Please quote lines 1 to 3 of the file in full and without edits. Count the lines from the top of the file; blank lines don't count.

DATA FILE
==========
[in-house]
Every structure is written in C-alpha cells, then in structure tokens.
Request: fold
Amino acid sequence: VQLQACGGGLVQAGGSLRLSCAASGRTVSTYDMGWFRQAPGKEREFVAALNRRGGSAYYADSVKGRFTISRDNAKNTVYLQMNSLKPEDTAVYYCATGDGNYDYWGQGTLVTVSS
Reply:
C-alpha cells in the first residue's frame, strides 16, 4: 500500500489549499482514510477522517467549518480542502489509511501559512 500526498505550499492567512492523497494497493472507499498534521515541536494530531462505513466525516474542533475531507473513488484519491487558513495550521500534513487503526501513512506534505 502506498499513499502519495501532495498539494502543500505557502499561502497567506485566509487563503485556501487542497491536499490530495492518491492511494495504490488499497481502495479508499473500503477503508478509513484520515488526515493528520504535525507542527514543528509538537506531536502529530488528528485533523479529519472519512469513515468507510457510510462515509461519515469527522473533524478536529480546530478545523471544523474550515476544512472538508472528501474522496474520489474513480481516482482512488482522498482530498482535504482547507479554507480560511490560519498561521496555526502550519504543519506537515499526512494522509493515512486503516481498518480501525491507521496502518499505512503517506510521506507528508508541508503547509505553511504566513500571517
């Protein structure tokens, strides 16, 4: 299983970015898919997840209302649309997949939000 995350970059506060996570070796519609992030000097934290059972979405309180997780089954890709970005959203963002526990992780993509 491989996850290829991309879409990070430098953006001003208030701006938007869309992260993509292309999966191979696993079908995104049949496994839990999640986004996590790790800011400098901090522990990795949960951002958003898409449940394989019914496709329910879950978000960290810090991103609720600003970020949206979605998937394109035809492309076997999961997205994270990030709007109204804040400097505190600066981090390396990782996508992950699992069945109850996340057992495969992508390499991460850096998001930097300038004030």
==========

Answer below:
[in-house]
Every structure is written in C-alpha cells, then in structure tokens.
Request: fold